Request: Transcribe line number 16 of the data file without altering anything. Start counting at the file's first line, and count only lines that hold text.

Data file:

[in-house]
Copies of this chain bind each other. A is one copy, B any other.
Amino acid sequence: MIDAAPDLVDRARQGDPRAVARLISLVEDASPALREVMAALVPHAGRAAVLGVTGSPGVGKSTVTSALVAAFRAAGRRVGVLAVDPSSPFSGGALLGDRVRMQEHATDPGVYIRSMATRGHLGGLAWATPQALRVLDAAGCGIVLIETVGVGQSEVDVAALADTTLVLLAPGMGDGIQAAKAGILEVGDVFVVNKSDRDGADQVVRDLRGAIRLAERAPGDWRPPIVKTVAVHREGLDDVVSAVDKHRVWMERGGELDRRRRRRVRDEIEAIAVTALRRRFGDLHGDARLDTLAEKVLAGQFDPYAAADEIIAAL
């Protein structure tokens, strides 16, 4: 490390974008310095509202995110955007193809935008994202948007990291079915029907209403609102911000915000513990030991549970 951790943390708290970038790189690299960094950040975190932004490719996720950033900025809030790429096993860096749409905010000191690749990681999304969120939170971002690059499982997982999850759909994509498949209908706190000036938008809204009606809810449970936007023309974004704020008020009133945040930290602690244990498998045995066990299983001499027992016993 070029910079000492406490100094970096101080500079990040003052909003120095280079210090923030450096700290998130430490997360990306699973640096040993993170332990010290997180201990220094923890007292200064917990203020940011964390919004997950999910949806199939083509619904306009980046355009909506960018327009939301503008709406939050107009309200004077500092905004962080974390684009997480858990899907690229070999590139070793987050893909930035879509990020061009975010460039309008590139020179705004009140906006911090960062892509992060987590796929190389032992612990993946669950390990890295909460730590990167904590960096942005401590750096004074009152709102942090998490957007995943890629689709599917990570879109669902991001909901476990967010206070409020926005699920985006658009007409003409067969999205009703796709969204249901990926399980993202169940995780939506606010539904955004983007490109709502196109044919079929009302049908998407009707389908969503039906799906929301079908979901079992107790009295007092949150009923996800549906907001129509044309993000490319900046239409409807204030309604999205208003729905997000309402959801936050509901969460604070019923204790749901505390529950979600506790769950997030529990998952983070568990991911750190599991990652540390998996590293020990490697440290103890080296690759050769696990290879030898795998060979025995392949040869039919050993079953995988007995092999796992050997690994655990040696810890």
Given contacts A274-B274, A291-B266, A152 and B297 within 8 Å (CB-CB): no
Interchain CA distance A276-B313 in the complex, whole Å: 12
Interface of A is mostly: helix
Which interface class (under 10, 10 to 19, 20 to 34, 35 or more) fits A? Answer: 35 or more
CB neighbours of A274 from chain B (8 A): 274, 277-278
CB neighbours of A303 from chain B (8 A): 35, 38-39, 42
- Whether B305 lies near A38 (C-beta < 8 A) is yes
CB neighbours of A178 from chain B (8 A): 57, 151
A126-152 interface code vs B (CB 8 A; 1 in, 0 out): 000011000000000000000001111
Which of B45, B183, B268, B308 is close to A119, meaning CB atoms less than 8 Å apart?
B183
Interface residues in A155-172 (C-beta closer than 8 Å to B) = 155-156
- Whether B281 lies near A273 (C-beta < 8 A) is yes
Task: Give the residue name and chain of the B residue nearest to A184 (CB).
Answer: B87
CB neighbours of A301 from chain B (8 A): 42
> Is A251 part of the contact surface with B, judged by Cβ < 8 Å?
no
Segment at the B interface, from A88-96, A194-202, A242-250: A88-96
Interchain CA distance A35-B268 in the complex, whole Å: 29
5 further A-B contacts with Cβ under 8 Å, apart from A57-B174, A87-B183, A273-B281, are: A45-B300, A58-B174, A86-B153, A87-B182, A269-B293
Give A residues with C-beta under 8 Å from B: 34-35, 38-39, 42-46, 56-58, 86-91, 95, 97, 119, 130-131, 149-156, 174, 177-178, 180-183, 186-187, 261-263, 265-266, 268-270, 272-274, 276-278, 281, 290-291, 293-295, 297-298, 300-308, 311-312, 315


Interface residues in A155-172 (C-beta closer than 8 Å to B) = 155-156